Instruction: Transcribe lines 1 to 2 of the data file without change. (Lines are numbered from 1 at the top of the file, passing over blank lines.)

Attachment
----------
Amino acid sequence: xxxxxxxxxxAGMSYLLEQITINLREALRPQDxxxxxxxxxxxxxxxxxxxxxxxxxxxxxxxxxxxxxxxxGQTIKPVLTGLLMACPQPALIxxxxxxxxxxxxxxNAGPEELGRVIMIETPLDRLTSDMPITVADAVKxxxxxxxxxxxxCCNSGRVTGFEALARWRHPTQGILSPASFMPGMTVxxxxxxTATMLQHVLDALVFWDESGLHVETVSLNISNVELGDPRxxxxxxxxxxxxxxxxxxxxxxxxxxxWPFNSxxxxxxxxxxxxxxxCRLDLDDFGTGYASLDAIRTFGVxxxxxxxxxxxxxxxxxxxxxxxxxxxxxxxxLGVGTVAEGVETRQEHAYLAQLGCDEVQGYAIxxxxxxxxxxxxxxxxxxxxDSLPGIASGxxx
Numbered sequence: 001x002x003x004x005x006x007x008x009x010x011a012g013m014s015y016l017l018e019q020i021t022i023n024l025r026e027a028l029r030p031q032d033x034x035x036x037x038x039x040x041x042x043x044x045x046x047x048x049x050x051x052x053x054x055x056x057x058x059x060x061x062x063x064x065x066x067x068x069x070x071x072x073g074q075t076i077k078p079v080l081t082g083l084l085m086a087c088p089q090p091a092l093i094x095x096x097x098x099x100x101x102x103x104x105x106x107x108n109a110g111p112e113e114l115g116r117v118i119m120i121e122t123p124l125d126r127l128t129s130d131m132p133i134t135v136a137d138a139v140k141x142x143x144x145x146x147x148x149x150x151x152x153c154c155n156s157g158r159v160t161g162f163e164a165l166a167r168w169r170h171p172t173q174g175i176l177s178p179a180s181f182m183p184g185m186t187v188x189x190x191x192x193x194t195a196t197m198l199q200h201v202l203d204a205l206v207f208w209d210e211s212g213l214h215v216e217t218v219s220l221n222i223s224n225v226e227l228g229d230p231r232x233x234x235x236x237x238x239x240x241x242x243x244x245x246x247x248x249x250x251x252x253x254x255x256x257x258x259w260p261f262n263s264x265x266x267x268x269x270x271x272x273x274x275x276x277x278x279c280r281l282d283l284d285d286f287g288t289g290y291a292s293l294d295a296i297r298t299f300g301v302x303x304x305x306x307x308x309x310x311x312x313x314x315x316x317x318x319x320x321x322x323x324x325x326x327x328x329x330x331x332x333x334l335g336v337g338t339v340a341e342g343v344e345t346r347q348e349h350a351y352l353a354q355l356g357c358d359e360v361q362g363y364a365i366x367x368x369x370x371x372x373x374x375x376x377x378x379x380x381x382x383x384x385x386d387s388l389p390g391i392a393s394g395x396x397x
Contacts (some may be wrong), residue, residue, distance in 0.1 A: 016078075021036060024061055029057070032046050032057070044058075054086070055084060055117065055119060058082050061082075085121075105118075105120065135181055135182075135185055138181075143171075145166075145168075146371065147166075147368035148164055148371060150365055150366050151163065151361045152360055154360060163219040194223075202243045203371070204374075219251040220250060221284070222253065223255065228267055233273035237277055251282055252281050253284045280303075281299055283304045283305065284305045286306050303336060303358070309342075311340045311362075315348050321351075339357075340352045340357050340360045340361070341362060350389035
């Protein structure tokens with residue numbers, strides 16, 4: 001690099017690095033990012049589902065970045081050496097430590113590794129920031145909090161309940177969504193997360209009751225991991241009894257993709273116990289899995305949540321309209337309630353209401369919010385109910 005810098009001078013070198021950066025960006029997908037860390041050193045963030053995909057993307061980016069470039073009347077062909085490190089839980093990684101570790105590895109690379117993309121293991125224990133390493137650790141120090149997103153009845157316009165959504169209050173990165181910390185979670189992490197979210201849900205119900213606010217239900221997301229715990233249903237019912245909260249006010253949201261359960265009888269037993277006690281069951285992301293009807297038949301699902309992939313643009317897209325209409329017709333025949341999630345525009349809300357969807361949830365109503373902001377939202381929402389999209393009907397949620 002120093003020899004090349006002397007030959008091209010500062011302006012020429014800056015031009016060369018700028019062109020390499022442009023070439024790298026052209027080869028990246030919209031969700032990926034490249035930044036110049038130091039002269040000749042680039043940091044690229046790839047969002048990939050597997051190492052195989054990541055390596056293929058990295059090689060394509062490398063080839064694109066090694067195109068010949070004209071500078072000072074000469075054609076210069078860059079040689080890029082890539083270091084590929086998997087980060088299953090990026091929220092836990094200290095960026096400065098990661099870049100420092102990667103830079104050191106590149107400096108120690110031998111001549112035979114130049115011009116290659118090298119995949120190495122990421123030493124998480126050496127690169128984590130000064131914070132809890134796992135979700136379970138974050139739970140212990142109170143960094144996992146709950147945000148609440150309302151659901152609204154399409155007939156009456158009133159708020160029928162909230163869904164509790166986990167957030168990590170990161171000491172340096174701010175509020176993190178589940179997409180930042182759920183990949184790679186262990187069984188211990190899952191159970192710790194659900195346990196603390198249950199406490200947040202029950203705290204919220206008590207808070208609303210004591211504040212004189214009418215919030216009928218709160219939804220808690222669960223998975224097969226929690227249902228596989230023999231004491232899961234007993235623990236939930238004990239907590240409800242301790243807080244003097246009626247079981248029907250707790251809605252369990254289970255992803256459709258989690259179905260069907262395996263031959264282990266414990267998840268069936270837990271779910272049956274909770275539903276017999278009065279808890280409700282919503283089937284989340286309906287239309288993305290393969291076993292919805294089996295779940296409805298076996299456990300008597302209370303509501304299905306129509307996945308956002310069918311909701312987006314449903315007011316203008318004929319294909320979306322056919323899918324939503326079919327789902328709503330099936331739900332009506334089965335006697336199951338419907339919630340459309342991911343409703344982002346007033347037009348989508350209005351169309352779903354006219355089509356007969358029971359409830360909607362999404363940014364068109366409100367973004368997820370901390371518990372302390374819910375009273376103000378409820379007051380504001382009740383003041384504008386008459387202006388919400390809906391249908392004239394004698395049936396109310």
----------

Amino acid sequence: xxxxxxxxxxAGMSYLLEQITINLREALRPQDxxxxxxxxxxxxxxxxxxxxxxxxxxxxxxxxxxxxxxxxGQTIKPVLTGLLMACPQPALIxxxxxxxxxxxxxxNAGPEELGRVIMIETPLDRLTSDMPITVADAVKxxxxxxxxxxxxCCNSGRVTGFEALARWRHPTQGILSPASFMPGMTVxxxxxxTATMLQHVLDALVFWDESGLHVETVSLNISNVELGDPRxxxxxxxxxxxxxxxxxxxxxxxxxxxWPFNSxxxxxxxxxxxxxxxCRLDLDDFGTGYASLDAIRTFGVxxxxxxxxxxxxxxxxxxxxxxxxxxxxxxxxLGVGTVAEGVETRQEHAYLAQLGCDEVQGYAIxxxxxxxxxxxxxxxxxxxxDSLPGIASGxxx
Numbered sequence: 001x002x003x004x005x006x007x008x009x010x011a012g013m014s015y016l017l018e019q020i021t022i023n024l025r026e027a028l029r030p031q032d033x034x035x036x037x038x039x040x041x042x043x044x045x046x047x048x049x050x051x052x053x054x055x056x057x058x059x060x061x062x063x064x065x066x067x068x069x070x071x072x073g074q075t076i077k078p079v080l081t082g083l084l085m086a087c088p089q090p091a092l093i094x095x096x097x098x099x100x101x102x103x104x105x106x107x108n109a110g111p112e113e114l115g116r117v118i119m120i121e122t123p124l125d126r127l128t129s130d131m132p133i134t135v136a137d138a139v140k141x142x143x144x145x146x147x148x149x150x151x152x153c154c155n156s157g158r159v160t161g162f163e164a165l166a167r168w169r170h171p172t173q174g175i176l177s178p179a180s181f182m183p184g185m186t187v188x189x190x191x192x193x194t195a196t197m198l199q200h201v202l203d204a205l206v207f208w209d210e211s212g213l214h215v216e217t218v219s220l221n222i223s224n225v226e227l228g229d230p231r232x233x234x235x236x237x238x239x240x241x242x243x244x245x246x247x248x249x250x251x252x253x254x255x256x257x258x259w260p261f262n263s264x265x266x267x268x269x270x271x272x273x274x275x276x277x278x279c280r281l282d283l284d285d286f287g288t289g290y291a292s293l294d295a296i297r298t299f300g301v302x303x304x305x306x307x308x309x310x311x312x313x314x315x316x317x318x319x320x321x322x323x324x325x326x327x328x329x330x331x332x333x334l335g336v337g338t339v340a341e342g343v344e345t346r347q348e349h350a351y352l353a354q355l356g357c358d359e360v361q362g363y364a365i366x367x368x369x370x371x372x373x374x375x376x377x378x379x380x381x382x383x384x385x386d387s388l389p390g391i392a393s394g395x396x397x